I still remember unwrapping the bulky box under the Christmas tree when I was a teenager. And what that first whiff of new leather smelled like as I peeled open the box. The only gift I was more excited for was the actual horse, which came the year later.
It wasn’t my first saddle, but it definitely was the nicest one I’d ever owned. I’d break it in quickly as an aspiring junior with dreams of competing in the Big Eq rings. It’d get me through high school and come along for the ride through college. I’d put in on the back of my own horses most often, but still slap it on the school horses for lessons with the ISHA college team and the few other horses I’d ride as leases or greenies who needed more miles.
I’d abuse it a little, too over the years. Like the time it was left out in the rain or thrown carelessly into the back of the car after an exhausting horse show weekend. Friends would ride in it and hate it or love it.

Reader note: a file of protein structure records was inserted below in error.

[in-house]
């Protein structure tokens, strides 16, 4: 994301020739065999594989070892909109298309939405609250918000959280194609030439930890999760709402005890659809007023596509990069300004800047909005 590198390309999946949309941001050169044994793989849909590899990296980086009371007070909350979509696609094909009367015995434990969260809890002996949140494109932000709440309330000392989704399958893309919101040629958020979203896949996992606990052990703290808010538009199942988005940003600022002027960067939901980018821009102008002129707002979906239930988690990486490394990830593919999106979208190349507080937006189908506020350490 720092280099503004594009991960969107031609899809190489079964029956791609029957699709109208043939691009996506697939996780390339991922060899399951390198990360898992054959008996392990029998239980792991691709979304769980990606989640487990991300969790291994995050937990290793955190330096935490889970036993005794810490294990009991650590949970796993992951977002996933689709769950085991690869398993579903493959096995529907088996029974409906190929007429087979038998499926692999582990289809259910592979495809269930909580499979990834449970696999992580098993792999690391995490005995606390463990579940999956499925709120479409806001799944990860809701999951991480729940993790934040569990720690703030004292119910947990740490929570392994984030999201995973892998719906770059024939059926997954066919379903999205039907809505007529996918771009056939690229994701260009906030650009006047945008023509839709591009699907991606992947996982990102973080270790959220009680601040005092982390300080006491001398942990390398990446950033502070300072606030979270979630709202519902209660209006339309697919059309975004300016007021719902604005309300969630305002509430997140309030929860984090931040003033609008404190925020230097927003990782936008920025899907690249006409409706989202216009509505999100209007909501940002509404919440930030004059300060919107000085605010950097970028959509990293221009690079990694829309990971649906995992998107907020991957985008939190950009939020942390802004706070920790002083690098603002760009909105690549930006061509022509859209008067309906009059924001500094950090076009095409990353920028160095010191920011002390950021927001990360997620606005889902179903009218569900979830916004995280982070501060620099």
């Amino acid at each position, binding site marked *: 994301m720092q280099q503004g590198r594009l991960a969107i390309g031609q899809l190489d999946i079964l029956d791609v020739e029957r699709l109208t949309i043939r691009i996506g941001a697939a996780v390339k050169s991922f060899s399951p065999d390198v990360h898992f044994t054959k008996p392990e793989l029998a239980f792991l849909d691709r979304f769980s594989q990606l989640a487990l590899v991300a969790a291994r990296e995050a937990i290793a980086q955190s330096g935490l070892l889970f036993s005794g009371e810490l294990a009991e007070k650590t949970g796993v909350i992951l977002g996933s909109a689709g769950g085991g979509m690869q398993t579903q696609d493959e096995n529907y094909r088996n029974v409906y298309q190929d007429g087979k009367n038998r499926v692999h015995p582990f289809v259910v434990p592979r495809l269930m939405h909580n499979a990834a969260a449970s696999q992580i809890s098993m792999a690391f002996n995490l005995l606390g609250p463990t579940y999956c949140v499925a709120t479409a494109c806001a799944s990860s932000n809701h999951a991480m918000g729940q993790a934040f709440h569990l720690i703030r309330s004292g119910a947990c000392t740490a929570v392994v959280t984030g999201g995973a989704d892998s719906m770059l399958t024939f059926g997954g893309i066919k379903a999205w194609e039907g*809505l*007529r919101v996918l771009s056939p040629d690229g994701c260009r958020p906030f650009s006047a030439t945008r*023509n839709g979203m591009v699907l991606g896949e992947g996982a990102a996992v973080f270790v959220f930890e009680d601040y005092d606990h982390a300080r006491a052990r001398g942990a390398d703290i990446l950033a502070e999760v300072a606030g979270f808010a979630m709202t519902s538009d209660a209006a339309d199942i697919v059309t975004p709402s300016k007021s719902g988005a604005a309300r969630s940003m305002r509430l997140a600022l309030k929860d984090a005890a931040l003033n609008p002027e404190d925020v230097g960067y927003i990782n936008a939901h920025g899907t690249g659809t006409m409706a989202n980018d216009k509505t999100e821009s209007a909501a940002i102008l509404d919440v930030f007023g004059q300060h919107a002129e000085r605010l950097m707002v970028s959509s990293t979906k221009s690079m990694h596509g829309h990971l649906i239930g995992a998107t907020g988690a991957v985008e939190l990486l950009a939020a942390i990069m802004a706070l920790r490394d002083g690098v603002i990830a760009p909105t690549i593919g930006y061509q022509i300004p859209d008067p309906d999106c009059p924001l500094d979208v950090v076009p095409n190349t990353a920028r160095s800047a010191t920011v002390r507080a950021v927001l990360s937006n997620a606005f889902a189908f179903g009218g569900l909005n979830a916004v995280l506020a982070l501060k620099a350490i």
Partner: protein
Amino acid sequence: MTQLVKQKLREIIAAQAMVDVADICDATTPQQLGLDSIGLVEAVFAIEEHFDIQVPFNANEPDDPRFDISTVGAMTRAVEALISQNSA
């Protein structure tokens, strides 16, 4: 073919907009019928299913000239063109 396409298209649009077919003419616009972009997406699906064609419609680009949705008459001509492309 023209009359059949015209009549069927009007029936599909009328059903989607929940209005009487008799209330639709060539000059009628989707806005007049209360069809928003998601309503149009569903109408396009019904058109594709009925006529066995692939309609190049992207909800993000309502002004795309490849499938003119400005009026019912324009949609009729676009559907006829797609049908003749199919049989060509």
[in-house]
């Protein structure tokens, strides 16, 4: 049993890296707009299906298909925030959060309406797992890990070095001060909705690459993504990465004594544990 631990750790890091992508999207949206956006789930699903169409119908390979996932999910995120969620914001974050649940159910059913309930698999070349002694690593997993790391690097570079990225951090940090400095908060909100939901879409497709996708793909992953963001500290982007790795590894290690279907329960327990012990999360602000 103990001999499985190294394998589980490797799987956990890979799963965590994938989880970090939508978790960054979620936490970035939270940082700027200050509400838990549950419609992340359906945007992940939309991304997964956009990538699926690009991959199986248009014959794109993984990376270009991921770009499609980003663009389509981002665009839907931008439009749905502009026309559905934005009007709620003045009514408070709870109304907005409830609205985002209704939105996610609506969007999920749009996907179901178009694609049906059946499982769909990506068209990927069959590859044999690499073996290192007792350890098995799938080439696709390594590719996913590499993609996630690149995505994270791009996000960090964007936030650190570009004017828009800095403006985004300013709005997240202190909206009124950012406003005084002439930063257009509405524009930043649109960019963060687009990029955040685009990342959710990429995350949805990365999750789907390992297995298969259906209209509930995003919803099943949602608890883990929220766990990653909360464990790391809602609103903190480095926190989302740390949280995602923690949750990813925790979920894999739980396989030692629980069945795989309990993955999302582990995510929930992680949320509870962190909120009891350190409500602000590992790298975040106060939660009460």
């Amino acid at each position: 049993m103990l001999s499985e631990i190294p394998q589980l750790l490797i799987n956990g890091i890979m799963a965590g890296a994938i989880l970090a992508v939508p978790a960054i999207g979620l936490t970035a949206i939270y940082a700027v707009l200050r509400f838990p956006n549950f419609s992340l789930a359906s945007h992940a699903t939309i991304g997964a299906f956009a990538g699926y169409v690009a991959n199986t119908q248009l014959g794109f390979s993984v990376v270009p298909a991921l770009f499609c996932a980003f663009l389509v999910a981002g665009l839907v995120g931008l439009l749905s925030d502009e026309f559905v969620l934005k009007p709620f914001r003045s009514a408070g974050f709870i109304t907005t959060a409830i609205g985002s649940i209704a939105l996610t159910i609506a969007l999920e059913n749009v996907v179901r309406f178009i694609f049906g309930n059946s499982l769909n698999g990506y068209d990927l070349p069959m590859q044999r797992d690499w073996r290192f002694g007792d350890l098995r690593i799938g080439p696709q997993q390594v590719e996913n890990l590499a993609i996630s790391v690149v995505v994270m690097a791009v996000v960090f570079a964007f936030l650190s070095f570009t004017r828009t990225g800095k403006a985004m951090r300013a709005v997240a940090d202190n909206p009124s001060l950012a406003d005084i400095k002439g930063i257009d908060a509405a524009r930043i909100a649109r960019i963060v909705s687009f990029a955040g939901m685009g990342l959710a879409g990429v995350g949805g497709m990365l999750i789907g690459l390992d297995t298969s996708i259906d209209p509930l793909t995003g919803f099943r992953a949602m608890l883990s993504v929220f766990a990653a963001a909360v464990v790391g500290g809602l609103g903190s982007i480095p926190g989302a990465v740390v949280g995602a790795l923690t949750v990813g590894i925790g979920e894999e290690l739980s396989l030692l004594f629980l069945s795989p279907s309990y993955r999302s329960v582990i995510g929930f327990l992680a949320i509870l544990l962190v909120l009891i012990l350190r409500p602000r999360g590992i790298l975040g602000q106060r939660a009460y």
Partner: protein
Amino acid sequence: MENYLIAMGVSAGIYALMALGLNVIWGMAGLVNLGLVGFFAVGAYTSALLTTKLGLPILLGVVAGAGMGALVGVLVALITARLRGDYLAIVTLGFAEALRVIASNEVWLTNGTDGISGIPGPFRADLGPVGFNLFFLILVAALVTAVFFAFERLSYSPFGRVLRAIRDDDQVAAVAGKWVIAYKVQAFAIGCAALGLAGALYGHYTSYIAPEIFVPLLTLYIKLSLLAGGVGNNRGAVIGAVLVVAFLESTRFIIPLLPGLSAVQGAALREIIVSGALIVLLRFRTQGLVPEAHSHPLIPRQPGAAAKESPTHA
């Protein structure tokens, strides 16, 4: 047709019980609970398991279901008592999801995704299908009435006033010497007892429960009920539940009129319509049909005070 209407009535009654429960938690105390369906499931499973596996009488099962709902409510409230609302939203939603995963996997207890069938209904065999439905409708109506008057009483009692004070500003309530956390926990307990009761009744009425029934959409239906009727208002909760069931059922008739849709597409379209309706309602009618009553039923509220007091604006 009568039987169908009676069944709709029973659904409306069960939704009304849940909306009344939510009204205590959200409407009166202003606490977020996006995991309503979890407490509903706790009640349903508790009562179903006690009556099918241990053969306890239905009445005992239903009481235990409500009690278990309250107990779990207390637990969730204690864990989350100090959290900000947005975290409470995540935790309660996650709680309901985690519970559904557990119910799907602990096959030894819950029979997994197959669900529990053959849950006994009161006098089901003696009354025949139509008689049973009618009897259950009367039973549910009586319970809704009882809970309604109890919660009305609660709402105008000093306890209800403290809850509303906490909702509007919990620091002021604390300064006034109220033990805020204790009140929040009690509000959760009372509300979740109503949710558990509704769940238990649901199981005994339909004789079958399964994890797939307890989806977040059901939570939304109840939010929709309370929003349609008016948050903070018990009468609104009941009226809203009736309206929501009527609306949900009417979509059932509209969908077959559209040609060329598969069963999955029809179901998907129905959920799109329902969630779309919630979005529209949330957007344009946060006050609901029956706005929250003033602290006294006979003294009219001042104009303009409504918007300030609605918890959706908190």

Fast forward more than a decade (Jesus, I’m getting old) and the saddle is still with me. It’s been on the back of so many horses I’ve lost count. It was the saddle that I rode in when I won my first big equitation medal class, and then later, the toughest hunter divisions of my adult amateur career. It’s been fox hunting and on hunter paces. It kept me secure while cross country schooling. It’d help me sit a bad buck or stay balanced on a tearing-away green bean even when I was scared sh*tless.
It’s kept me safe and it played a role in the many memories I have in the barn, or at horse shows, or with those horses that are so good you could never forget them.
But after nearly 16 years of butt-on-leather, of worn out billets and frayed stitching, of falls and bucks and soaring over jumps, it’s time to let this durable, gritty saddle go. It’s not worth so much now, in terms of cash value, so many years later. But boy, the many logged rides and memories are still quite rich.